Lackluster jobs report and pending debt crisis weigh on Washington.
U.S. employment virtually stalled last month, showing a net growth of just 18,000 jobs.
That nudged the unemployment rate to 9.2 percent and raises serious recovery concerns.
"Our economy as a whole just isn't producing nearly enough jobs for everybody who's looking," President Obama admitted.
Mr. Obama blamed economic headwinds, natural disasters, sky-high gas prices and government budget cuts that slashed 39,000 jobs.
In Louisville, Kentucky a huge crowd braved an early morning rain to apply for 1,800 jobs at a re-tooled Ford plant.
"Opportunities like this don't come around in this type of economy so I had to be here early," said Bill Truss.
While the economy added 6,000 manufacturing jobs in June, that's a drop in a very big bucket.
"Anyway you cut this data it's lousy," says Mesirow Financial economist Diane Swonk.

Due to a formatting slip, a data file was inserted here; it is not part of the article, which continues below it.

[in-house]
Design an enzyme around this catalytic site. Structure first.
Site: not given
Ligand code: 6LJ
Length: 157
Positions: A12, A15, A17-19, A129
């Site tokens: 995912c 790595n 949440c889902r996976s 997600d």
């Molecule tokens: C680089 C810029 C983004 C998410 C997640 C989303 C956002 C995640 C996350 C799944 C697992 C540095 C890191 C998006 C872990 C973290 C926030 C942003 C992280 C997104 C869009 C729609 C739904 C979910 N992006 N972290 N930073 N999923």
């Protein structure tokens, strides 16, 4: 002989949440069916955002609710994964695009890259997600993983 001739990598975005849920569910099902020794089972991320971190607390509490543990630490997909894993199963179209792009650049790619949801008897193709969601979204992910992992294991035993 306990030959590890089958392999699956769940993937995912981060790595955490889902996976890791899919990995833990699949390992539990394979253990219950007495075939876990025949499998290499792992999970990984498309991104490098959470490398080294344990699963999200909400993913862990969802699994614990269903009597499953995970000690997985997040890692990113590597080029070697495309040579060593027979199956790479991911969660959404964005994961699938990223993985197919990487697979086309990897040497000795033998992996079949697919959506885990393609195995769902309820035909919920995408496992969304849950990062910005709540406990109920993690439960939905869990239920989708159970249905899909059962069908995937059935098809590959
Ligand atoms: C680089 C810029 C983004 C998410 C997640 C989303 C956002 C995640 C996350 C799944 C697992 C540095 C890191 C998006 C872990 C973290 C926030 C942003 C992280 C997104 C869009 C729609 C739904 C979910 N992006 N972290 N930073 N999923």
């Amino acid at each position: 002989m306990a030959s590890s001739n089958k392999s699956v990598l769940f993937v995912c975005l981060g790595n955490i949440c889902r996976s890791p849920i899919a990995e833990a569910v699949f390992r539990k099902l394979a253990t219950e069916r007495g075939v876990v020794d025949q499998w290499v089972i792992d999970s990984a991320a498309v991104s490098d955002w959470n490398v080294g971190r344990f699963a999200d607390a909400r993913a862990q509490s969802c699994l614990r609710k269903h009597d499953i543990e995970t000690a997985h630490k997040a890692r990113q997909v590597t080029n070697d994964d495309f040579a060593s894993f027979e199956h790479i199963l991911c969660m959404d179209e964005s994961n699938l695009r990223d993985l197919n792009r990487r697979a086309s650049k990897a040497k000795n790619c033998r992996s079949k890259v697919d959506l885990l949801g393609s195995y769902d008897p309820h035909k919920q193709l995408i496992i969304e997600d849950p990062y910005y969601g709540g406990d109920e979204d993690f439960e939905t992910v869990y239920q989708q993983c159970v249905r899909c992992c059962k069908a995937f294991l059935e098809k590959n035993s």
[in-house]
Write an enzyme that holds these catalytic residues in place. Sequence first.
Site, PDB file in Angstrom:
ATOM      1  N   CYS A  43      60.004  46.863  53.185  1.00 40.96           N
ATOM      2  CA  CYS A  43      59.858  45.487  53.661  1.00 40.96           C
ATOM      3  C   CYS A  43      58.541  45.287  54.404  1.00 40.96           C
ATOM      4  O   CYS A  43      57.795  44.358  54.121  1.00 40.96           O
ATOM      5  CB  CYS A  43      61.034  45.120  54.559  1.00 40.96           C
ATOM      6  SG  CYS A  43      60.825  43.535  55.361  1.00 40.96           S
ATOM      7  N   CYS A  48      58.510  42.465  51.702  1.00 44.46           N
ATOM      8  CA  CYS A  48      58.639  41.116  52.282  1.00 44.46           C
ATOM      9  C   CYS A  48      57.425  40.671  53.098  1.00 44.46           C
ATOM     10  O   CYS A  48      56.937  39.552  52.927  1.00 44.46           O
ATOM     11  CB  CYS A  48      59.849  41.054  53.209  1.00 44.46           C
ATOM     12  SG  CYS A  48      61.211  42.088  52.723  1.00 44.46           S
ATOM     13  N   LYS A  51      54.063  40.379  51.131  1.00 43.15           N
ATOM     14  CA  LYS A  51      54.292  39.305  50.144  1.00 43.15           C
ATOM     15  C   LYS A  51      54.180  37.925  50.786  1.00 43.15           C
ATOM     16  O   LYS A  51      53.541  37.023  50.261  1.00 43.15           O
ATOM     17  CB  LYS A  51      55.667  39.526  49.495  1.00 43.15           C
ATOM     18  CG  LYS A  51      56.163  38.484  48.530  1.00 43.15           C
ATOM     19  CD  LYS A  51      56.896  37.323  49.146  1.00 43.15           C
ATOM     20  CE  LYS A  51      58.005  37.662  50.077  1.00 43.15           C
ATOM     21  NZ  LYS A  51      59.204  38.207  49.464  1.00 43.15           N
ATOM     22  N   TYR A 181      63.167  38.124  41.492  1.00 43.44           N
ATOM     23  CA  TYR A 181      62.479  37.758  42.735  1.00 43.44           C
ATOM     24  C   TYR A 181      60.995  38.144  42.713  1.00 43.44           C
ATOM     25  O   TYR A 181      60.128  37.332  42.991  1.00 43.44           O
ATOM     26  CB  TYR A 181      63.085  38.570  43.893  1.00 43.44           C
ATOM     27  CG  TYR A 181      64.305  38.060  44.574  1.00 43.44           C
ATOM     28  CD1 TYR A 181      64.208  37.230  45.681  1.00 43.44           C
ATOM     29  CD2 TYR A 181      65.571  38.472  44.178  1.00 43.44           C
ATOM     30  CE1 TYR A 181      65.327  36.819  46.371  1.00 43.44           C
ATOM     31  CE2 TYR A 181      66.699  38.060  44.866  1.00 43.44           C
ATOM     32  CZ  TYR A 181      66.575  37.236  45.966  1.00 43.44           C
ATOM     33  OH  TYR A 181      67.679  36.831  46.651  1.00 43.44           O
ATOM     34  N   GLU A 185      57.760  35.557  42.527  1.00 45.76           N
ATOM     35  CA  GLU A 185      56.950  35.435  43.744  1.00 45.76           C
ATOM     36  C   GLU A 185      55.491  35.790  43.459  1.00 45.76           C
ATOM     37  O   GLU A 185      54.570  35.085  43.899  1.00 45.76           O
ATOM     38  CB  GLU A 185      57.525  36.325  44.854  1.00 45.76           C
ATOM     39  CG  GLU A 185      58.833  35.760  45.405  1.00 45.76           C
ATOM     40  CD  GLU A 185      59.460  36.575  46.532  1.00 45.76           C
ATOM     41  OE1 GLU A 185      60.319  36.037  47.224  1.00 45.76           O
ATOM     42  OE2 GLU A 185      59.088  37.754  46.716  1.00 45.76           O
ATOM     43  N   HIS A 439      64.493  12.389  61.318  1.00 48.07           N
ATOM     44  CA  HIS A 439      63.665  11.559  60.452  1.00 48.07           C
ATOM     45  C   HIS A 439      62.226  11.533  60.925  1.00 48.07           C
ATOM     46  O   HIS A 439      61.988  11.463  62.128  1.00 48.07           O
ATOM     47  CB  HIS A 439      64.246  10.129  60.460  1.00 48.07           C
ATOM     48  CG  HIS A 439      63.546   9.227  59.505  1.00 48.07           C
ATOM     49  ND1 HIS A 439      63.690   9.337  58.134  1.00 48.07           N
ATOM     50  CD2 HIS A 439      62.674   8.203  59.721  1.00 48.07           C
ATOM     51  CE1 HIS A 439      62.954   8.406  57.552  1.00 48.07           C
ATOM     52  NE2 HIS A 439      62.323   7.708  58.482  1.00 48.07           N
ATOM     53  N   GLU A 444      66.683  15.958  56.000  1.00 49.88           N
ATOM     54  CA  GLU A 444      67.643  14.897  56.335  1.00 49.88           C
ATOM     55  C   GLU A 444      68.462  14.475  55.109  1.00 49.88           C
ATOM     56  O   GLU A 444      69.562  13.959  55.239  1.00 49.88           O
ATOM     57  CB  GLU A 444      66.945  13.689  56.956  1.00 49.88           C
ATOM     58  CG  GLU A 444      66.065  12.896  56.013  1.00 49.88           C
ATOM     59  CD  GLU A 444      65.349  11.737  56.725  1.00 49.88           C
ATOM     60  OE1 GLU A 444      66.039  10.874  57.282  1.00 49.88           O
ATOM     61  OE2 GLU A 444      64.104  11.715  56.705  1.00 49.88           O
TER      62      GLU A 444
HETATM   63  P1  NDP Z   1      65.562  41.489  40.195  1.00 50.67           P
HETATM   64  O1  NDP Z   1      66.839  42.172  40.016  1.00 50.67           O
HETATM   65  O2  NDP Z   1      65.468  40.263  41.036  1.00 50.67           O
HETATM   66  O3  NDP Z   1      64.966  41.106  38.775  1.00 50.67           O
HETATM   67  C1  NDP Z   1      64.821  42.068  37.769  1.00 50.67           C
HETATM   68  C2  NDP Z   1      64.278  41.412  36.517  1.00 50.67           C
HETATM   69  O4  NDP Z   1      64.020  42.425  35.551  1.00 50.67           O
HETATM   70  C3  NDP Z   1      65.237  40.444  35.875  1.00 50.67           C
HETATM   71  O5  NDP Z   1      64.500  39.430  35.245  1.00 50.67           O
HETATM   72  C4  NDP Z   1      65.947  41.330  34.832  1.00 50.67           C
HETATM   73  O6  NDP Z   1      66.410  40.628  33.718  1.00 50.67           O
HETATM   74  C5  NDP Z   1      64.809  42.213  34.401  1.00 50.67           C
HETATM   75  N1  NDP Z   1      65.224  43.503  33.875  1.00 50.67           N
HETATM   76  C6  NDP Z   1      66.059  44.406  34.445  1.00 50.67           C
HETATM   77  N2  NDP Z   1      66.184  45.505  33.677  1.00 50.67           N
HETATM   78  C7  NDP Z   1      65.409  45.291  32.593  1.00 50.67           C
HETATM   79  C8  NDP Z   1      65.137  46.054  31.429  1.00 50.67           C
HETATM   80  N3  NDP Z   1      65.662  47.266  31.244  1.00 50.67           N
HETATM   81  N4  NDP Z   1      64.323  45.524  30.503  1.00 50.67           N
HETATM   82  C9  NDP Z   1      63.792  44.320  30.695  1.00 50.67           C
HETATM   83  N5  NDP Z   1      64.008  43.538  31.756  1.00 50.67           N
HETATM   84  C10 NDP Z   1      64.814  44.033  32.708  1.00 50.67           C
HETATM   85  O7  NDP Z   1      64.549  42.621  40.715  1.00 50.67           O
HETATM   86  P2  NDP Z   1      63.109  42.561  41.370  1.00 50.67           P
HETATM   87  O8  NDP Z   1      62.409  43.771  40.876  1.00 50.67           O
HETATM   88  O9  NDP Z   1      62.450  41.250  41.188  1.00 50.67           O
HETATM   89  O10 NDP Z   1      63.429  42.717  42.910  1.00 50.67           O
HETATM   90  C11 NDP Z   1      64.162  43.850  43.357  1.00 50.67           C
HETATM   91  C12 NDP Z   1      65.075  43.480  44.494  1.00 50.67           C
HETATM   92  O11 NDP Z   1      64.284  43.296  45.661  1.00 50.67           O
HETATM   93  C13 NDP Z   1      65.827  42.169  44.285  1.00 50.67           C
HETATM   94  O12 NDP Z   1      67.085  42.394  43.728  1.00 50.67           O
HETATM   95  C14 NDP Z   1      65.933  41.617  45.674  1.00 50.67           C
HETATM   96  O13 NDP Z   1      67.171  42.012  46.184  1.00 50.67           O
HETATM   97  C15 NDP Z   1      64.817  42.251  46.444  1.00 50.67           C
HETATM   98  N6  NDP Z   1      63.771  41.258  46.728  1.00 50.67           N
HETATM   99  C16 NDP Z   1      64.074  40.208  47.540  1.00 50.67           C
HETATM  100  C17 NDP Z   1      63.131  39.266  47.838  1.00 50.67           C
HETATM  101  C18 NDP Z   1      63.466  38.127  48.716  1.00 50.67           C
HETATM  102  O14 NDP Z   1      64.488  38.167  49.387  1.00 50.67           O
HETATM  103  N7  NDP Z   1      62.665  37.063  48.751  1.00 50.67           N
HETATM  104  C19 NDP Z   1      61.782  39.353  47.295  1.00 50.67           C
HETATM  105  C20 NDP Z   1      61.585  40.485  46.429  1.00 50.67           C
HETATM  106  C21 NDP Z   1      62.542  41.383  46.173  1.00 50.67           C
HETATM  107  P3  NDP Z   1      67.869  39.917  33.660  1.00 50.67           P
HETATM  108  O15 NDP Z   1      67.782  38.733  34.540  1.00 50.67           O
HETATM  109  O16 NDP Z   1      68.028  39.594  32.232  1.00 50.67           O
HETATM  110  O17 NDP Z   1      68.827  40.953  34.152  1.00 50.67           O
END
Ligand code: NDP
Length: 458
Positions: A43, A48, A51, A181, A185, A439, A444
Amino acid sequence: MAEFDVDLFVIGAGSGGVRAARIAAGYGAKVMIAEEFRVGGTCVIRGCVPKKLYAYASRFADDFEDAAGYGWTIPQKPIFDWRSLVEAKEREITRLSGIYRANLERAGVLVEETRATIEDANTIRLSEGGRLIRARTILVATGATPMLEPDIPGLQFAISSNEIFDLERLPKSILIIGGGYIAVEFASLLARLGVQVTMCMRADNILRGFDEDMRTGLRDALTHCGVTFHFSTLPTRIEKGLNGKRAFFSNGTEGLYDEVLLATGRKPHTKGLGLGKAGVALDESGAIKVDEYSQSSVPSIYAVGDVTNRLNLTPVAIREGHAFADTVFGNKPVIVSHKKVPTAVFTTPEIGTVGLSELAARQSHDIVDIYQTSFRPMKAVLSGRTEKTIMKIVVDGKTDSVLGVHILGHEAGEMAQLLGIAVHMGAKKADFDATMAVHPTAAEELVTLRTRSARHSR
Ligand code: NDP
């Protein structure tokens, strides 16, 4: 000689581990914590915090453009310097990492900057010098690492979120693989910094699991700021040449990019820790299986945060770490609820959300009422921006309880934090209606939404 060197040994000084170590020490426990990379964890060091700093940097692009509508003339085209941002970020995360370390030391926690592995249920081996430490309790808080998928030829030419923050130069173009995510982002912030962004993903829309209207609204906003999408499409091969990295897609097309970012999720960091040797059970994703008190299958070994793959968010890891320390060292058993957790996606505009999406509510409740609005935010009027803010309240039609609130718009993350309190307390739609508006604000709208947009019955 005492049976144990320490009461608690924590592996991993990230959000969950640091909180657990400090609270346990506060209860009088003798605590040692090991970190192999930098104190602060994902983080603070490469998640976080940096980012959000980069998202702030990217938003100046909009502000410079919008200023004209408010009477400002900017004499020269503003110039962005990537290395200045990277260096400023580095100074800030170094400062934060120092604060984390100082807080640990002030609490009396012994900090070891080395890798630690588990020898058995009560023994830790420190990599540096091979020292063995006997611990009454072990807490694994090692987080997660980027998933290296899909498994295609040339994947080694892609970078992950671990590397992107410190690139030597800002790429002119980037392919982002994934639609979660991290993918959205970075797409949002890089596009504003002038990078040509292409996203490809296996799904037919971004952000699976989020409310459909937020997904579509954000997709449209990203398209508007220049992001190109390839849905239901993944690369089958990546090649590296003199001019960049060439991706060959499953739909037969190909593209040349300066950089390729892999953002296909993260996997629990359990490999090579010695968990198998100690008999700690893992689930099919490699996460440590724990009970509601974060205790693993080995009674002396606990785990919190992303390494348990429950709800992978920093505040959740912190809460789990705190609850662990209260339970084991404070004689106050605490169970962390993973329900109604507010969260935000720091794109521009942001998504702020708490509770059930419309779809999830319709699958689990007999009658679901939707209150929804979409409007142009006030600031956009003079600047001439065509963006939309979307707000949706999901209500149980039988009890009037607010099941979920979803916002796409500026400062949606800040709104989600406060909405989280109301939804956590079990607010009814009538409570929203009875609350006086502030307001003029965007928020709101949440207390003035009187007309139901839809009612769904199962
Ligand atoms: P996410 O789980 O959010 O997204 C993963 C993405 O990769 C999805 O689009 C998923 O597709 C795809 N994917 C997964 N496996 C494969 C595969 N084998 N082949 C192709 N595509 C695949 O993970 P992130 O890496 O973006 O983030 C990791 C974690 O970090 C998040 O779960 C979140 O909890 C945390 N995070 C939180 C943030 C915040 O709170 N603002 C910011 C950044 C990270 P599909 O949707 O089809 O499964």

Meanwhile, President Obama has called Congressional leaders back to the White House on Sunday to break the stalemate over the debt ceiling and government spending.
Democrats and Republicans are united on one point: They don't like what they're hearing so far.
"We are not going to reduce the deficit or subsidize tax cuts for the rich on the backs of America's seniors and working families," said House Minority Leader Nancy Pelosi.
"There is no agreement," said Speaker John Boehner, "in private or in public, and as the president said yesterday, we are this far apart."
The White House is lowering expectations for sunday's meeting, predicting bottom lines but not breakthroughs.